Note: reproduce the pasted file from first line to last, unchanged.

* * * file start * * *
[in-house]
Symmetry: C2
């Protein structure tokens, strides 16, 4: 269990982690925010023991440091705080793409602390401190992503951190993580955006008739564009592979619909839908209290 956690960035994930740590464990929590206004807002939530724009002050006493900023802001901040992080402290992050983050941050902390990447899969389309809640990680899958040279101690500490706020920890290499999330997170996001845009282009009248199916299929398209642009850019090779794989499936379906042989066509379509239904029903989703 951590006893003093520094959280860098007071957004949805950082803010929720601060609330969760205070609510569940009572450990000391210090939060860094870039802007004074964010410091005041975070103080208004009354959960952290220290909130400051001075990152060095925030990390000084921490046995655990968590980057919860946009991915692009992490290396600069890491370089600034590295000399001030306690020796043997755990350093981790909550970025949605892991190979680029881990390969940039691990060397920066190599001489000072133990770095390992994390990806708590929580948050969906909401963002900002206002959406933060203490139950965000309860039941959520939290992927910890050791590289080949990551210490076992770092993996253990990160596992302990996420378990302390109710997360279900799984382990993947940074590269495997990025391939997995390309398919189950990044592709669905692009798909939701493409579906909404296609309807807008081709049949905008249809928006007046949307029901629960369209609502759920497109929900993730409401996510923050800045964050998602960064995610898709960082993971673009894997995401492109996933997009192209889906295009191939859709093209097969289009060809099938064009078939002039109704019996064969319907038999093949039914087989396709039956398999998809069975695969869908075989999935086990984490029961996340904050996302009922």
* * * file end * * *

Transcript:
[in-house]
Symmetry: C2
């Protein structure tokens, strides 16, 4: 269990982690925010023991440091705080793409602390401190992503951190993580955006008739564009592979619909839908209290 956690960035994930740590464990929590206004807002939530724009002050006493900023802001901040992080402290992050983050941050902390990447899969389309809640990680899958040279101690500490706020920890290499999330997170996001845009282009009248199916299929398209642009850019090779794989499936379906042989066509379509239904029903989703 951590006893003093520094959280860098007071957004949805950082803010929720601060609330969760205070609510569940009572450990000391210090939060860094870039802007004074964010410091005041975070103080208004009354959960952290220290909130400051001075990152060095925030990390000084921490046995655990968590980057919860946009991915692009992490290396600069890491370089600034590295000399001030306690020796043997755990350093981790909550970025949605892991190979680029881990390969940039691990060397920066190599001489000072133990770095390992994390990806708590929580948050969906909401963002900002206002959406933060203490139950965000309860039941959520939290992927910890050791590289080949990551210490076992770092993996253990990160596992302990996420378990302390109710997360279900799984382990993947940074590269495997990025391939997995390309398919189950990044592709669905692009798909939701493409579906909404296609309807807008081709049949905008249809928006007046949307029901629960369209609502759920497109929900993730409401996510923050800045964050998602960064995610898709960082993971673009894997995401492109996933997009192209889906295009191939859709093209097969289009060809099938064009078939002039109704019996064969319907038999093949039914087989396709039956398999998809069975695969869908075989999935086990984490029961996340904050996302009922």